5. October 2020 | News

DPD Lithuania will have the greenest fleet after buying 3 million euros of electric vehicles

Parcel delivery company DPDgroup is taking a major step in its internal sustainability policy. From now on the international company will offset its vehicles’ CO2 emissions directly and it will invest 200 million euros in environmentally friendly alternatives. Those changes will not bypass the Baltic region, where in Vilnius alone there are plans to acquire 3 million euros of electric vehicles already next year and make a cleaner Lithuanian capital. The parcel delivery company’s fleet in Tallinn will also see changes in 2021, and a year later the residents of Riga will also breath cleaner air.

According to Robertas Vilkaitis, CEO of DPD in the Baltics, the changes that the company is initiating are the first of many initiatives to ensure cleaner air in the Baltic countries.

“Already next year more than 50 new electric vehicles, in which we’ll invest about 3 million euros, will be making deliveries in Vilnius. We’ll invest to set up charging stations as well. Replacing all the transport for parcels in Vilnius with electric vehicles will make our fleet the greenest not just in the capital city, but also, most likely, among all parcel delivery companies in Lithuania. At the same time, people’s quality of life will be further boosted by a two-and-a-half times increase in our network of parcel Pickup lockers and the delivery of parcels by electronic scooter and bicycle. We hope this initiative will encourage other companies to move in the same direction as well, since we do not intend to stop,” Mr Vilkaitis says.

New accents in the company’s pollution-reduction policy


Mr Vilkaitis goes on to say that the company’s actions are aimed at meeting the group-wide goal of by 2025 reducing CO2 emissions per parcel by 30%, and that the newest investments in environmentally friendly vehicles reflect a desire to change the company’s internal processes for battling climate change.

“As a group we continually invest in reducing carbon dioxide emissions and finance projects that help indirectly offset our vehicles’ emissions. Such ‘carbon offsetting’ includes allocating funds to renewable energy sources and green energy and promoting a circular economy. In this way we meet our obligations to the people of the world, creating added value and quality of life for communities as well as for our planet,” DPD’s CEO in the Baltics says.

But the company’s ambitious goals demand doing even more, he notes: “We understand our responsibility toward nature and we see that our customers also greatly value steps towards sustainability.  So from now on we will strive to give much more attention to direct reduction of the greenhouse effect, i.e. to carbon insetting. Investments in environmentally friendly means of transportation are a first solid step in that direction.”


Riga and Tallinn will also get greener


DPD’s CEO for the Baltics adds that the company will also contribute to reducing air pollution in Riga and Tallinn.

“Starting in 2021 the transport the company uses in Tallinn will be more sustainable, and a year after that changes will come to Riga as well. In the Estonian capital we’ll invest in more than 30 environmentally friendly alternative means of transportation and in the Latvian capital we’ll by more than 40 electric vehicles, so very soon now those cities’ residents will also be able to enjoy breathing fresher air,” Mr Vilkaitis details.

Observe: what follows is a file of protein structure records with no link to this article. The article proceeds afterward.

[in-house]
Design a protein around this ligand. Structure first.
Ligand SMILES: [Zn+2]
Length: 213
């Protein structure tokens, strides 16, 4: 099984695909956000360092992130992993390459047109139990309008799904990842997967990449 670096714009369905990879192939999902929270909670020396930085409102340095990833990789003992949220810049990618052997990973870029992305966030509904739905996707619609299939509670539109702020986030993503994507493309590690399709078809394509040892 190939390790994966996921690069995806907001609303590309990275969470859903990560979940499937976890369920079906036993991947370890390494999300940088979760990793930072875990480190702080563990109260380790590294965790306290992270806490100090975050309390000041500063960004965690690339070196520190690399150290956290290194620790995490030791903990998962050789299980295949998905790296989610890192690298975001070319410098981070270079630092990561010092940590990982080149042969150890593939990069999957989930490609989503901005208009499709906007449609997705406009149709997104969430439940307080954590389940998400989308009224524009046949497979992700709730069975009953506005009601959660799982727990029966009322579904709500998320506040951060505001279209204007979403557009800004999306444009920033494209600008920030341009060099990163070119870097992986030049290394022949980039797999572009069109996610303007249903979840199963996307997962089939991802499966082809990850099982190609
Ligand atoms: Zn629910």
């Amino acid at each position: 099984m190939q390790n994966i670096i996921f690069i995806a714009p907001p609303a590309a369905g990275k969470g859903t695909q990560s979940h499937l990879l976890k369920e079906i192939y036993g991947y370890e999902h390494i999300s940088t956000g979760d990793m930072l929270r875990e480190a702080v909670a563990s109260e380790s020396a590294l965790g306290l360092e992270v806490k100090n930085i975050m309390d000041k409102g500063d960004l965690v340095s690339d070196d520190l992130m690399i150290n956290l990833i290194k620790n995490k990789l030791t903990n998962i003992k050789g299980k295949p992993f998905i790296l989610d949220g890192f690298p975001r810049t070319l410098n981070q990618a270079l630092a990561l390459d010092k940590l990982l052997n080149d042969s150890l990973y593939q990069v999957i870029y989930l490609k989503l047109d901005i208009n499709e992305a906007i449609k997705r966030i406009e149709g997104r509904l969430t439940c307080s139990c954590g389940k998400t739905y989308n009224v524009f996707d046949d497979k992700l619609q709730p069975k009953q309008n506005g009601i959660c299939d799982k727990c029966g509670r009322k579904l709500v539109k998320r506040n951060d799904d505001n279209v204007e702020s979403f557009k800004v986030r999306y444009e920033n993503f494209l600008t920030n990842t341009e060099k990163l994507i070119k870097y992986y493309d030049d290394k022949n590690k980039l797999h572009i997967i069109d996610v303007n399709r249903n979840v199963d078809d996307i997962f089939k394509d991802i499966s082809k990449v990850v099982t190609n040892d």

The sustainable forms of transportation, he notes, will help save over 700 tonnes of CO2 emissions annually. In Vilnius carbon dioxide emissions will fall by 305 tonnes a year, while in Riga 250 tonnes less will be released into the environment and in Tallinn 100 tonnes less.


Shoppers want sustainable business too


Society has expressed growing concern about issues of sustainability in recent times, demanding that business contribute more to protecting the environment.

A survey last year commissioned by DPDgroup showed that 70% of Europeans who regularly shop online think companies should be friendly to the environment. At the same time, a more radical group of shoppers is emerging: 43% of survey participants say they are ready to pay more for both an item and delivery of it that pollute the environment less.

Increasingly, Mr Vilkaitis says, it is not just consumers who demand an environmentally sustainable approach to business but also other companies: “We notice that e-tailers who want to work with DPD more and more often ask about our social responsibility as regards the environment. This trend seems likely to only strengthen in future, so businesses that do not want to lose customers and partners will have to undertake environmentally friendly initiatives.”


An ambitious goal


DPDgroup’s efforts will directly impact 80 million people residing in 225 European cities. To achieve its goal, the international parcel delivery company will acquire 7,000 alternative means of transportation, set up 3,600 charging stations and build 80 new parcel distribution points.

“Starting today we’ll pay even more attention to our planet and contribute significantly to reducing humanity’s footprint in Europe. By 2025, we will invest 200 million euros in means of transportation that are environmentally friendly or totally non-polluting, thus improving quality of life all over the Old Continent,” DPDgroup CEO Boris Winkelmann says.

He notes that the transportation of cargo accounts for up to 30% of all CO2 emissions in cities. Meanwhile, studies show that atmospheric pollution, most of which consists of transport emissions, reduces the average life expectancy by 15 months for people who live in cities with populations of 100,000 or more.

“That, precisely, is why we are first focusing on major European cities, where in this way by 2025 we will reduce carbon emissions by 89% and other pollutants by 80%,” Mr Winkelmann states.